The number of children and adolescents impacted by chronic and complex neuropsychiatric conditions has skyrocketed. Movement, behavioral, developmental and neuropsychiatric disorders affect millions worldwide. A growing body of research focuses on identifying possible causes behind such disorders with recent studies exploring the relationship between infections, autoimmunity and neurologic and psychiatric illnesses.
Recent studies indicate that in a subset of children and adolescents, neuropsychiatric symptoms may be due, not to a primary psychiatric disorder, but to an infection-triggered autoimmune reaction, which triggers an onset of neurologic and/or psychiatric symptoms including obsessive-compulsive behaviors (OCD), tics, eating disorders (anorexia), attention deficit hyperactivity disorder (ADHD), anxiety, and sleep disturbances, along with others.
Children Diagnosed With Neuropsychiatric Disorders Are On The Rise
The number of children diagnosed with neuropsychiatric disorders has been steadily rising over the past decade. ADHD and mood disorders, including anxiety, depression and bipolar disorder, are the most commonly diagnosed mental health illnesses among children.
These children are typically diagnosed with a chronic mental health condition such as OCD, Tourette’s Syndrome, ADHD, Autism Spectrum Disorders, Developmental and Behavioral Disorders, Asperger’s Syndrome or another neuropsychiatric disease. Their illness can greatly impair daily functioning and can have enormous physical, social, emotional and financial consequences to both the child and their family.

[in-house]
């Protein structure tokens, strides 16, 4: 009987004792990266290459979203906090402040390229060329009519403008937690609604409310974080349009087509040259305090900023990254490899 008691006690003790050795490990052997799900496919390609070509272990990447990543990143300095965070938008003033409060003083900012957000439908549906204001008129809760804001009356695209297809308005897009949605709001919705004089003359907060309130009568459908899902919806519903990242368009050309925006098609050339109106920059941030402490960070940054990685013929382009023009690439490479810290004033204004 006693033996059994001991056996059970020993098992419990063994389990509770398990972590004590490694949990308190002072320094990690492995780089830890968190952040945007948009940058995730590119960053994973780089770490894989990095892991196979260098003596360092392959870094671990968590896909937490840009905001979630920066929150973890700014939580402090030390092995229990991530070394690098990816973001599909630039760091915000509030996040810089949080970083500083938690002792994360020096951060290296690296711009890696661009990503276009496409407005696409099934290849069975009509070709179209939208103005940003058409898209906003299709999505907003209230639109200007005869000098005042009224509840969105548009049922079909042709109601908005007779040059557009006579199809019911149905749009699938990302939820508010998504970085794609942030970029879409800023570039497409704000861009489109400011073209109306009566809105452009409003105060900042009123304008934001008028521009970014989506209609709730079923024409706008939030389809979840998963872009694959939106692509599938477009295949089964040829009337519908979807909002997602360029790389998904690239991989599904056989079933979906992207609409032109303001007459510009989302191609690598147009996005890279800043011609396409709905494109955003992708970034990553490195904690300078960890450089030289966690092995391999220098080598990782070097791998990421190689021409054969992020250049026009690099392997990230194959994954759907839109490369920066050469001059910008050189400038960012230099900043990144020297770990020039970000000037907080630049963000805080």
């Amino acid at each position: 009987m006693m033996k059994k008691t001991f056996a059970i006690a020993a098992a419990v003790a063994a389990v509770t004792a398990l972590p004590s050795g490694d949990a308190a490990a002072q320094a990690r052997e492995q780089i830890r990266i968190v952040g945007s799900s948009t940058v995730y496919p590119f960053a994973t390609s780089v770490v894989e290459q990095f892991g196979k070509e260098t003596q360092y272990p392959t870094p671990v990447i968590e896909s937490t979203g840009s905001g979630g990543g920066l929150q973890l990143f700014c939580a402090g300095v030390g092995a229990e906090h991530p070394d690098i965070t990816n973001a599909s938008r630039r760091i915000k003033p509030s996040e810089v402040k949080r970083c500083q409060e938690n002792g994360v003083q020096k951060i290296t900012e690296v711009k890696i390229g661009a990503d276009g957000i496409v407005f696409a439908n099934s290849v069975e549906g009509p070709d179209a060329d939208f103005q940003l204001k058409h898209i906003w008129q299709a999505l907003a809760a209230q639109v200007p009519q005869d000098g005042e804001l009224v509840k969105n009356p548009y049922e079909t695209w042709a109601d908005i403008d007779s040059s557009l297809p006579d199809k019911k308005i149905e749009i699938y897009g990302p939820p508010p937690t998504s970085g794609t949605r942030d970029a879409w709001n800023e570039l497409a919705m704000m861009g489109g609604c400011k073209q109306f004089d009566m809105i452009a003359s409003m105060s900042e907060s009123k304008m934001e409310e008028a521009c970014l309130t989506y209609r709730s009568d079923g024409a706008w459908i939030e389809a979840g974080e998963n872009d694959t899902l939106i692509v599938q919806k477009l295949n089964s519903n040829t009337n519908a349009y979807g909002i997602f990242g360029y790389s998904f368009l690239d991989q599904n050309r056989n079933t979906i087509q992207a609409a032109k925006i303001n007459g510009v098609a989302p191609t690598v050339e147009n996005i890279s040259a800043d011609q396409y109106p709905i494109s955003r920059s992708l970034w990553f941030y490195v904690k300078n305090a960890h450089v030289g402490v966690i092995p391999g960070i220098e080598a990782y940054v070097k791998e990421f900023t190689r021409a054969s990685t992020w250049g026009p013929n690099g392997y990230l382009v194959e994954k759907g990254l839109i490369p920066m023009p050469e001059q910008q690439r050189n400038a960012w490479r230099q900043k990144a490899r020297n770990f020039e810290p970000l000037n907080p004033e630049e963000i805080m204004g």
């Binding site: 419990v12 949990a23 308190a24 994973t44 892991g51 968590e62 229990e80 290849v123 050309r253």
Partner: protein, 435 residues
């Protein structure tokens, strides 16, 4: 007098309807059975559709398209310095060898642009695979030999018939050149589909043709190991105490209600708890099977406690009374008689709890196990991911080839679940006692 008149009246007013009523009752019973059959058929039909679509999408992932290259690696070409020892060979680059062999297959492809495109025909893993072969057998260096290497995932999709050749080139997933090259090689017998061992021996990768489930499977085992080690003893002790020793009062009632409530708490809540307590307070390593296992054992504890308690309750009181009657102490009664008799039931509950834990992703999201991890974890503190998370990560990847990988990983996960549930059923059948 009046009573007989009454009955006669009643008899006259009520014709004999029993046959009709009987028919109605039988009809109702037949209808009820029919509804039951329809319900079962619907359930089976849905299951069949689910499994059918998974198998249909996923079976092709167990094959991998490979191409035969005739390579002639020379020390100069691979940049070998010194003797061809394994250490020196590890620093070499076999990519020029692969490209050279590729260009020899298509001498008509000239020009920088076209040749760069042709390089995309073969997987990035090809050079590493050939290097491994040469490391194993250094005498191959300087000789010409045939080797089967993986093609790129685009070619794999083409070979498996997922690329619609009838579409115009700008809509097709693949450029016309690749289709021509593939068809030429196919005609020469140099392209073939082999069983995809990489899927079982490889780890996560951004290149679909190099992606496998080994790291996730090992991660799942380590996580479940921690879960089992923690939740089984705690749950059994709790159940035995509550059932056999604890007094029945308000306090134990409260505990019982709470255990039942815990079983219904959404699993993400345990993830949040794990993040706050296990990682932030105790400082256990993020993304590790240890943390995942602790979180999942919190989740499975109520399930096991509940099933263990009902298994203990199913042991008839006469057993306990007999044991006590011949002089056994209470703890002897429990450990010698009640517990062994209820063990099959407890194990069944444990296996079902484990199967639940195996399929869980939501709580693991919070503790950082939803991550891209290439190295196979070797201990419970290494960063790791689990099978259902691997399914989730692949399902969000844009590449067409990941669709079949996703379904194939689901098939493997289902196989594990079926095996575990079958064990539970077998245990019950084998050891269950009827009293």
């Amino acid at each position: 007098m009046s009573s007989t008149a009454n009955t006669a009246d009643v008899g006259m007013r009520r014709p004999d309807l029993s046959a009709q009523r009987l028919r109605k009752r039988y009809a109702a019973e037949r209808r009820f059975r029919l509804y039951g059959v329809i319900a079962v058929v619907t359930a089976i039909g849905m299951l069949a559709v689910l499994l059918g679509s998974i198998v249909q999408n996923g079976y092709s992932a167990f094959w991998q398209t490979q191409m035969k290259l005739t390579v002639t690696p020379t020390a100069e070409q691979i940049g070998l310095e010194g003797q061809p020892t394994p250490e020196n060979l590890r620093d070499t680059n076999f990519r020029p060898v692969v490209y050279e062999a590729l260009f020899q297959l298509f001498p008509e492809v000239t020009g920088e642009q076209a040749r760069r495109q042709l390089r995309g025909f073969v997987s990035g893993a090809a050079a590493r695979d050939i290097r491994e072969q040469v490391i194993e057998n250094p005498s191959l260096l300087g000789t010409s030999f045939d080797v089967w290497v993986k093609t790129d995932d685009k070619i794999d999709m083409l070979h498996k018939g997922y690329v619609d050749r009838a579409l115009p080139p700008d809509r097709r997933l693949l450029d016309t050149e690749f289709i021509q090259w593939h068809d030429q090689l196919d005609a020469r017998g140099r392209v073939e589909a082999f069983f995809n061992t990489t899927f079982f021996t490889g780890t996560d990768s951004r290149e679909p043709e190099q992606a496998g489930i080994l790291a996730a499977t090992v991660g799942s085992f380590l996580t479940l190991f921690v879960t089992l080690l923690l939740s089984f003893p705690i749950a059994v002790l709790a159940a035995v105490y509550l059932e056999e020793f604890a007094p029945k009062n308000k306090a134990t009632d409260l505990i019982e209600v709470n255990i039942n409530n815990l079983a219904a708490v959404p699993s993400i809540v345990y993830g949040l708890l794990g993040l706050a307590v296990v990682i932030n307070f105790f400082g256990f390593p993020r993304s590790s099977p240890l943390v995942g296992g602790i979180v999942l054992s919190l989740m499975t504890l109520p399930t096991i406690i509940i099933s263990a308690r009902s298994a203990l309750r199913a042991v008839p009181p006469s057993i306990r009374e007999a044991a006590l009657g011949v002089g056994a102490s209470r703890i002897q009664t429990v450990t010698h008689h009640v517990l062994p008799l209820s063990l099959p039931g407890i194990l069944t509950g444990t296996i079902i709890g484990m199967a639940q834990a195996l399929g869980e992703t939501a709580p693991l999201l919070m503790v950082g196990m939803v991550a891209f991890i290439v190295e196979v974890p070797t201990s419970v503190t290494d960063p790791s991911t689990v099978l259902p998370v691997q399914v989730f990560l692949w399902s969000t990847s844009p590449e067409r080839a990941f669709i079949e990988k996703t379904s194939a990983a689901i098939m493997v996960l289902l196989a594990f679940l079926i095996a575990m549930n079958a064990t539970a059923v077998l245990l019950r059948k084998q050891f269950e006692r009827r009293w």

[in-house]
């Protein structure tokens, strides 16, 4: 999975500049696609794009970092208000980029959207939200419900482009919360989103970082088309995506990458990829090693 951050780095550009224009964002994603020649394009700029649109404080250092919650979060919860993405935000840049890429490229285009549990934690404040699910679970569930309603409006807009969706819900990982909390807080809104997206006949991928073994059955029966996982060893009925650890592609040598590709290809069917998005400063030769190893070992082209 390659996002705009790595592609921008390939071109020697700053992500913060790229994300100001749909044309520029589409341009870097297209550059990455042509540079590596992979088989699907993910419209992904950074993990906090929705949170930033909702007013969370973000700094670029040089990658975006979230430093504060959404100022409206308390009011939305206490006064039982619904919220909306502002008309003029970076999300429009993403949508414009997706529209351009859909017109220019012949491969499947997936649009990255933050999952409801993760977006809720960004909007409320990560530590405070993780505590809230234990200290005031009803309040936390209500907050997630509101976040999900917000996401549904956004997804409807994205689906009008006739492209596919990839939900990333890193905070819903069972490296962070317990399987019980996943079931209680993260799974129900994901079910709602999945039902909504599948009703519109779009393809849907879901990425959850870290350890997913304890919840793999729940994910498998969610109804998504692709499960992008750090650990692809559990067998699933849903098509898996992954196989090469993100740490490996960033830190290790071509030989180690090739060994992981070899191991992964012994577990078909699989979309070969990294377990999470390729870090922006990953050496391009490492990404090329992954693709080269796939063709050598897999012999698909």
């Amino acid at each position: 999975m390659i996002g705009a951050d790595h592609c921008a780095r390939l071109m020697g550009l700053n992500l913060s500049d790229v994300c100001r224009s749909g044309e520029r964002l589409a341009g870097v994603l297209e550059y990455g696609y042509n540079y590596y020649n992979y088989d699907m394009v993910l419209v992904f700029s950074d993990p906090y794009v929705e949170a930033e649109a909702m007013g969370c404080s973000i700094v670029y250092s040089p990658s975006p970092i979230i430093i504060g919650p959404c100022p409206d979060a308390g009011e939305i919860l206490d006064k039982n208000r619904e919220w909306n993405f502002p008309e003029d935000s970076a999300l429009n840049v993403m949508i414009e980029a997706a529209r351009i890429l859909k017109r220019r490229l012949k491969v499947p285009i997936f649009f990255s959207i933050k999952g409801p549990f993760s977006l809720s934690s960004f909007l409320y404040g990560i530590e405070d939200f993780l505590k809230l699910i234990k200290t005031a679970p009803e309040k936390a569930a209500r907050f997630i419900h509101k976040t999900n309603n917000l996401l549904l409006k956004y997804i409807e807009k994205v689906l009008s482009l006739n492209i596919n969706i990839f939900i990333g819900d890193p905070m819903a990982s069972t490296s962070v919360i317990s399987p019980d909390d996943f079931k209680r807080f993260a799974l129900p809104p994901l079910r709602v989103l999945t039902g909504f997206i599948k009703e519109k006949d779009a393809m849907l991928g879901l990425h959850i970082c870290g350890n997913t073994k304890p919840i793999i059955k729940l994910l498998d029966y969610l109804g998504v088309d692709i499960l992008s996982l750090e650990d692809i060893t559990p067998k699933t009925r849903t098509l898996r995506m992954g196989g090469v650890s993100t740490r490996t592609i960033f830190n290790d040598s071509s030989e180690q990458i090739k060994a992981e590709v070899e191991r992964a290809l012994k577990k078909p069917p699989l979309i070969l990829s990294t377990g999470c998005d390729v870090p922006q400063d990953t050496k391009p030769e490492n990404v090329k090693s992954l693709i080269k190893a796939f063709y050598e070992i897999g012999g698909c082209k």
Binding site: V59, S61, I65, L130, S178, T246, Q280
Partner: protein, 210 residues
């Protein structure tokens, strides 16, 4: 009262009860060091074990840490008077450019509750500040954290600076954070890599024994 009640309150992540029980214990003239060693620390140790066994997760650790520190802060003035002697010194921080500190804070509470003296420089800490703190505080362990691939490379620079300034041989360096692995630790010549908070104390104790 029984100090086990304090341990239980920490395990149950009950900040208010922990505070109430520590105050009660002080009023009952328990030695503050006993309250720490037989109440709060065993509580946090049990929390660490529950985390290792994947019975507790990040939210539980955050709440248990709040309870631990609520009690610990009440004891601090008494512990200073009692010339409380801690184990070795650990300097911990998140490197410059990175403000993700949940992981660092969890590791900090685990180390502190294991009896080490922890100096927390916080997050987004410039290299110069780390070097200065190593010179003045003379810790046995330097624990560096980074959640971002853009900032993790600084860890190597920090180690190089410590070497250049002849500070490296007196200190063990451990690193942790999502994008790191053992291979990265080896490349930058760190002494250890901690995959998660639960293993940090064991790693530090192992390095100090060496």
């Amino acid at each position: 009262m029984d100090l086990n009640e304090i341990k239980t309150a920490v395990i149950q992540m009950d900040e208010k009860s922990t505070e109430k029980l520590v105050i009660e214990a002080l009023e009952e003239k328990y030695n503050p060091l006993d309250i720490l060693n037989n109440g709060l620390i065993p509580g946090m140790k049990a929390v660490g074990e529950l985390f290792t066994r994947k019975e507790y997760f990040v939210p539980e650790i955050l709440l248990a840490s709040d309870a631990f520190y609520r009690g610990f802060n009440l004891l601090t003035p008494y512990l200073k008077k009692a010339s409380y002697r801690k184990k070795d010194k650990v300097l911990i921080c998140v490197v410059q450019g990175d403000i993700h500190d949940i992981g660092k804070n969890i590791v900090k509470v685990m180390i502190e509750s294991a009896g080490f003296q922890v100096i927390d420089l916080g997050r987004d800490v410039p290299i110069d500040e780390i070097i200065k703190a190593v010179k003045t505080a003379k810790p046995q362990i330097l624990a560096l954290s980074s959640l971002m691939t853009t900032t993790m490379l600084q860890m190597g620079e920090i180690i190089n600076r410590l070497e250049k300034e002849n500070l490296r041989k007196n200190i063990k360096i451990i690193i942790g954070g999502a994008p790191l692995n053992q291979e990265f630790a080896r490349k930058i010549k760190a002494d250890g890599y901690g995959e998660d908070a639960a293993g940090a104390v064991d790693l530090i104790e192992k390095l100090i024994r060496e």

In the United States, 6.4 million children have received an ADHD diagnosis; 50% of all children with the disorder are diagnosed by age 6. Meanwhile, one million children have been diagnosed with Autism Spectrum Disorder ¹ and 500,000 children are living in the U.S. with OCD. ²
Identifying the underlying cause of these symptoms is imperative and answering the following question could change the course of treatment: ‘Could an infection be causing my child’s symptoms?’ Children may be misdiagnosed with a primary psychiatric disorder and receive psychotropic medications to treat the symptoms. But if the symptoms are due to an infection-triggered autoimmune response, the root cause of the behaviors must be addressed. Treatment must include eradicating the infection (if possible) and addressing the immune dysfunction.
The Cunningham Panel™ – The Only Test Of Its Kind
The Cunningham Panel™ is the first and only test of its kind which assists physicians in determining the likelihood that a child’s neuropsychiatric symptoms are due to a treatable infection-triggered autoimmune response rather than a primary psychiatric disease. The Panel consists of 5 tests which measure circulating levels of autoantibodies directed against specific neuronal antigens in the patient including: Dopamine D1 Receptor (DRD1), Dopamine D2L Receptor (DRD2L), Lysoganglioside – GM1 and Tubulin. The 5th assay targets CaM Kinase II, a key enzyme involved in the up regulation of many neurotransmitters (dopamine, epinephrine, norepinephrine).
¹ Centers for Disease Control and Prevention (CDC), 2012 Report
² International OCD Foundation